Magazine article New African

France Finally Owns Up. (Cover Story/Slavery)

Magazine article New African

France Finally Owns Up. (Cover Story/Slavery)

Article excerpt

At long last, the French are admitting their role in slavery. A law to declare slavery a "crime against humanity" is making its way through the French parliament, but paying reparations for that despicable crime is proving too difficult for the French to accept. Paul Michaud reports from Paris.

One of the top priorities of the newly-elected mayor of Paris, Bertrand Delanoc, is to change the name of one of the capital's streets that has become, in recent years, a byword for controversy.

Rue Richepance is located on the border of two of the capital's more upmarket arrondissements, the First and the Eight. It measures only 113 metres long. But it is named after a man whom the new mayor and many Parisians would prefer to forget.

Antoine Richepance was born in Mere in 1770 and was a popular figure in the French Revolution, who came to the attention of another legendary French military figure, Napoleon Bonaparte.

In 1802, not yet at the peak of his career but rapidly rising, Napoleon promoted Richepance to the rank of general and named him head of an expeditionary force of 3,000 men sent to the Caribbean island of Guadeloupe which had fallen under the control of former slaves after a revolt against the French. Slavery, indeed, had been abolished in 1794, eight years earlier.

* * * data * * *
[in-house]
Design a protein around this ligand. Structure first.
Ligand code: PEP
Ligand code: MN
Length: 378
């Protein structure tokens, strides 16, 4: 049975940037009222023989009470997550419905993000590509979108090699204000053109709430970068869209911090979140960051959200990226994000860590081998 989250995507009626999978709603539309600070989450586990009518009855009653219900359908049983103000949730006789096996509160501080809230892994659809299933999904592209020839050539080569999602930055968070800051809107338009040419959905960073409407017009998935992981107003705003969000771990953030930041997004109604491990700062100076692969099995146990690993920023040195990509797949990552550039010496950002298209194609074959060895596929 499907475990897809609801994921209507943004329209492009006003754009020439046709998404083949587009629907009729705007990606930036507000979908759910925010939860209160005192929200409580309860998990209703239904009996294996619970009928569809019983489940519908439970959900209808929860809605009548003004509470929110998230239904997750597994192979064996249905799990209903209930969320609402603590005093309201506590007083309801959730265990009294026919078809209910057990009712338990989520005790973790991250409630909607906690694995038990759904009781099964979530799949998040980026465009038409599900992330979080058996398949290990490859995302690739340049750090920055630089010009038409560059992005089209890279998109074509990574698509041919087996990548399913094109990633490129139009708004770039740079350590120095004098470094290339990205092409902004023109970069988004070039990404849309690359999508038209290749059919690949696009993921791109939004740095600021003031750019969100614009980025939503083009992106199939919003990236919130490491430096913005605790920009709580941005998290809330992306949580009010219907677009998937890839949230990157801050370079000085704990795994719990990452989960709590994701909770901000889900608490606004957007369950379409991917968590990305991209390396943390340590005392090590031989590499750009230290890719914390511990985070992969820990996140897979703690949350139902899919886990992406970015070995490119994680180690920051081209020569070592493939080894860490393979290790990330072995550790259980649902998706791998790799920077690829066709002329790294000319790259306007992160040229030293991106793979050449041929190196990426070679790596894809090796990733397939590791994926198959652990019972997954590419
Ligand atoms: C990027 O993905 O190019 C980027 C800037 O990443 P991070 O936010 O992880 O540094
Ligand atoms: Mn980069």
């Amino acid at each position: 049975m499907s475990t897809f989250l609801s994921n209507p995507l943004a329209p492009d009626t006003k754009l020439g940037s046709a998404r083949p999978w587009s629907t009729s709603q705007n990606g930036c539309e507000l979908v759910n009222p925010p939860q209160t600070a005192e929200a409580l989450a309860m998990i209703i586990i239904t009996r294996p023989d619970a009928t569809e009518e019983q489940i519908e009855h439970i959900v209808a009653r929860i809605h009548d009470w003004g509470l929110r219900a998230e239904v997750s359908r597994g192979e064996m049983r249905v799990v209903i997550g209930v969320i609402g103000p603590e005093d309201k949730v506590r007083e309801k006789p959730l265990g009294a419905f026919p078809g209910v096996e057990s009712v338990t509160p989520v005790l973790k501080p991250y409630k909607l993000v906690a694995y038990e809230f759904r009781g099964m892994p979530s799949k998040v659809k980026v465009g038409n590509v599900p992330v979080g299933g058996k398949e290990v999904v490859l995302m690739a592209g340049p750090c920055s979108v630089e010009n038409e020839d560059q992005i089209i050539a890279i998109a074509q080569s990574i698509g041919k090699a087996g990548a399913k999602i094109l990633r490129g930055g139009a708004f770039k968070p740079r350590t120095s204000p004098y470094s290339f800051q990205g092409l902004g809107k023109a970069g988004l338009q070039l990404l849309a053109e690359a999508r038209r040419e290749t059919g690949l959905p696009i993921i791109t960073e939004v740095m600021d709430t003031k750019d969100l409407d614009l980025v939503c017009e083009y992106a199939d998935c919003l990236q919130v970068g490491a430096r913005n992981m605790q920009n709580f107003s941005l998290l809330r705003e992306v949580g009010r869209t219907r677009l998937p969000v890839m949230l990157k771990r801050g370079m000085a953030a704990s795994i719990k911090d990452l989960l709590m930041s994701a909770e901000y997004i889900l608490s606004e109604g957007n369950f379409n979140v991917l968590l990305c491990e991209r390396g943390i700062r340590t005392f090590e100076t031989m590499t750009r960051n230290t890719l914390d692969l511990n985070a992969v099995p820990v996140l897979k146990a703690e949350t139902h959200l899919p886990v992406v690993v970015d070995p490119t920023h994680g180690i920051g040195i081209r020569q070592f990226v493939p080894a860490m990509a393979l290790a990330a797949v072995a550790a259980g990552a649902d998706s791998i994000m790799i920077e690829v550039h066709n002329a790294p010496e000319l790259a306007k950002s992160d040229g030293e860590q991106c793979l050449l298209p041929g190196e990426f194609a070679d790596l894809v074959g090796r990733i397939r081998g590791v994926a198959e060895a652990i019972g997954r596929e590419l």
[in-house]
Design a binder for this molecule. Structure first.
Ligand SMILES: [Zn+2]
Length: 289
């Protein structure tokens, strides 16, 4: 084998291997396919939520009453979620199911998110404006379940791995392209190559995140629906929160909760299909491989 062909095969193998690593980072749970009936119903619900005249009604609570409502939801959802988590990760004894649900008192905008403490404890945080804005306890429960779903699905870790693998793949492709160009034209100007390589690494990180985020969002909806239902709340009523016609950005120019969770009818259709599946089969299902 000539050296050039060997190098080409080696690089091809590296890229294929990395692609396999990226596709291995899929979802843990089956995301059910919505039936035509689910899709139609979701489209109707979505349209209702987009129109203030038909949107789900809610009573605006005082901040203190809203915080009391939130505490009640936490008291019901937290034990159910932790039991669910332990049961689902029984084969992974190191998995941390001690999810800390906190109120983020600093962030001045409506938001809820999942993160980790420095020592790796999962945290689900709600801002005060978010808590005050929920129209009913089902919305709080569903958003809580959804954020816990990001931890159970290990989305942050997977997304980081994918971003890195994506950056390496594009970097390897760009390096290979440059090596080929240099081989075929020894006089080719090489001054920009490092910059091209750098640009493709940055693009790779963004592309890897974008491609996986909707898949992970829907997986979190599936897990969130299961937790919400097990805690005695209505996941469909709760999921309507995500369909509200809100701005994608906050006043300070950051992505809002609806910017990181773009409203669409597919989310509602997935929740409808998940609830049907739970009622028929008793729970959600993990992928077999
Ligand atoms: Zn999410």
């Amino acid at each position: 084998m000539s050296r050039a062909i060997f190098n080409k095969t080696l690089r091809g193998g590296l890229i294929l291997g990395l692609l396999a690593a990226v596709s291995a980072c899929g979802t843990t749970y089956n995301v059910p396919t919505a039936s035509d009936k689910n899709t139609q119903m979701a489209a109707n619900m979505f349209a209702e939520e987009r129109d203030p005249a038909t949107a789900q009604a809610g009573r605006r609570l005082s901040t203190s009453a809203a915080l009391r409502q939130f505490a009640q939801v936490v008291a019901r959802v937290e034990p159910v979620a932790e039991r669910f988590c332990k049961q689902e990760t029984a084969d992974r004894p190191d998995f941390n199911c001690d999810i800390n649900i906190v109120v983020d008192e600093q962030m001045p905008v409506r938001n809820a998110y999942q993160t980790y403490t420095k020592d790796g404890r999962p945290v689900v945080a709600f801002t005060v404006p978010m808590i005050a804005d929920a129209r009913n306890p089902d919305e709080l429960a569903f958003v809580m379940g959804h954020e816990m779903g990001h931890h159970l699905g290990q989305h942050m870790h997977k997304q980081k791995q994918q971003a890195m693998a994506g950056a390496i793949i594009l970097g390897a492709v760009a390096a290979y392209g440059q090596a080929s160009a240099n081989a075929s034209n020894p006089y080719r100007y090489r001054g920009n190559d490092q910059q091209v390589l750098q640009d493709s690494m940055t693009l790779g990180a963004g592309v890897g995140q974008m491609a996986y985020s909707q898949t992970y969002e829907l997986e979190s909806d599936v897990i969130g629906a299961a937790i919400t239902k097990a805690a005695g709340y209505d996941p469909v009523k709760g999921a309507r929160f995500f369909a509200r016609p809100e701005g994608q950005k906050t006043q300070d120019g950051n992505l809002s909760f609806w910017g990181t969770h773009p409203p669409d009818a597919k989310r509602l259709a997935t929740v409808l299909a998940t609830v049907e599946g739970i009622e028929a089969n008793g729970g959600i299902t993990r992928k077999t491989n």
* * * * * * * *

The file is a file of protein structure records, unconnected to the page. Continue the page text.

The revolt was quickly but bloodily put down. Slavery was immediately re-esrablislsed. The former colonial governor, General Lacrosse, was returned to power. and Guadeloupe's trade links with France and the rest of the world restored.

As for Richepance, the man who was credited with "pacifying" Guadeloupe, he died a few weeks later, in June 1803, from yellow fever, at the age of 37. As a reward for his loyalty and military deeds, Napoleon named the then newly-opened Parisian street after Richepance. But now, many French people do not think it was a very wise idea.

Delanoe, the new mayor, is one of those people. Speaking recently at the Paris City Hall during ceremonies marking the 153rd anniversary of the abolition of slavery -- which was finally stopped by France in 1848--he announced that he had initiated the procedure to eventually see Rue Richepanee renamed for somebody more appropriate. …

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